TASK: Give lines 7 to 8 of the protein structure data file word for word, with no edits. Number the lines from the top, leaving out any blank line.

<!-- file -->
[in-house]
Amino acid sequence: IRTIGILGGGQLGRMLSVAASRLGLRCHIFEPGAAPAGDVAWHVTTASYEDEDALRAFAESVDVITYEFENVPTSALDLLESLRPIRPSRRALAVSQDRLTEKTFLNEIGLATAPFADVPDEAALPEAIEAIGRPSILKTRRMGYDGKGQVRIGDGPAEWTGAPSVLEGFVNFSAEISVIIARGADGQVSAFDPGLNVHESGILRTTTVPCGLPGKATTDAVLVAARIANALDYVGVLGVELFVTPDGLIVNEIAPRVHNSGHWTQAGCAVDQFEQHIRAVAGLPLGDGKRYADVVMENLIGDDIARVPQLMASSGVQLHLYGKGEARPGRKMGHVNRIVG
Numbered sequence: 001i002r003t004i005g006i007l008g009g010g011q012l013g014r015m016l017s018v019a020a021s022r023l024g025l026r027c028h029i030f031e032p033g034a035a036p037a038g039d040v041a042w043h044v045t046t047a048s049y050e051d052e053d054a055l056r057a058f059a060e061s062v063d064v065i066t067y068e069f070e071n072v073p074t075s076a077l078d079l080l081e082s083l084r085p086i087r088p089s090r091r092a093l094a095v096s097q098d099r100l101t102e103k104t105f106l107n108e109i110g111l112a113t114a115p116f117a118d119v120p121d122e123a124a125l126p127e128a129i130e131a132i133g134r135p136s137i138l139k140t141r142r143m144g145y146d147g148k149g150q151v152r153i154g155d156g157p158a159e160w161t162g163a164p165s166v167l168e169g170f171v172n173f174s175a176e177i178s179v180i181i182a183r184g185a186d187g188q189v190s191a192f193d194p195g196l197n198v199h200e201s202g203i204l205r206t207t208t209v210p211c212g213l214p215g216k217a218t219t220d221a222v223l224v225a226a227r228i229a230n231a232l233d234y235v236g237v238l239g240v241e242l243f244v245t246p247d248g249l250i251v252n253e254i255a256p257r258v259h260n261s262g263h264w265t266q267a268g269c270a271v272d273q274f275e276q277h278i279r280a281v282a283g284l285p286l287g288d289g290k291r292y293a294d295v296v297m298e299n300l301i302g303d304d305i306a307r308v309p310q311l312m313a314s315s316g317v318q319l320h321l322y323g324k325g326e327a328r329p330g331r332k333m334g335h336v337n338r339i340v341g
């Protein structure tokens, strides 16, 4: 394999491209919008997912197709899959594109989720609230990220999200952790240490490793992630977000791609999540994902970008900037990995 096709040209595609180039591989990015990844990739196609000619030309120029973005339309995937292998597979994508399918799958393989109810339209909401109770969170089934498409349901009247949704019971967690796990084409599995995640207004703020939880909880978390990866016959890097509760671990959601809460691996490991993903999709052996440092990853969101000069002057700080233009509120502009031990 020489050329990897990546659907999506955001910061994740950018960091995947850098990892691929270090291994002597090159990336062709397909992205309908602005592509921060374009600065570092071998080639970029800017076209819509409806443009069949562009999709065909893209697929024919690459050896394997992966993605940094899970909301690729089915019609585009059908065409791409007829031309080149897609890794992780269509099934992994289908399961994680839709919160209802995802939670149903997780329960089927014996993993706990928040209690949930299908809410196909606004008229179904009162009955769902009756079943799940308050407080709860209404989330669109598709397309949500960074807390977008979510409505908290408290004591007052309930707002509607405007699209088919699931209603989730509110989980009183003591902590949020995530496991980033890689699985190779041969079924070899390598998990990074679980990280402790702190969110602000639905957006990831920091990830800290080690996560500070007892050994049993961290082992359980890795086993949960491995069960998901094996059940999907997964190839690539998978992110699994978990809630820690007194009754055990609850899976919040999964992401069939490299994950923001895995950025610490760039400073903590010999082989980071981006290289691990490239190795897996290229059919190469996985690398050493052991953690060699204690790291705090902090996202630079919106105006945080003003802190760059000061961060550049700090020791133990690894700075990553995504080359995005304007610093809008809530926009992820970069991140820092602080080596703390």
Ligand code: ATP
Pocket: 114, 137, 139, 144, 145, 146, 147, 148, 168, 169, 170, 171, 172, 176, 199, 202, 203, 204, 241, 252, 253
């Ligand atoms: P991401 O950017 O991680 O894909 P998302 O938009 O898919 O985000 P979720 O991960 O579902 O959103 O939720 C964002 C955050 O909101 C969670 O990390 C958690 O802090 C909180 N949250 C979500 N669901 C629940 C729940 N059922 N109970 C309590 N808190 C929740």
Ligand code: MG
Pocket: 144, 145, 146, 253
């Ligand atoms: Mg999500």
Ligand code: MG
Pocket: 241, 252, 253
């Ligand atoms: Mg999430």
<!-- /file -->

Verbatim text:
């Ligand atoms: P991401 O950017 O991680 O894909 P998302 O938009 O898919 O985000 P979720 O991960 O579902 O959103 O939720 C964002 C955050 O909101 C969670 O990390 C958690 O802090 C909180 N949250 C979500 N669901 C629940 C729940 N059922 N109970 C309590 N808190 C929740």
Ligand code: MG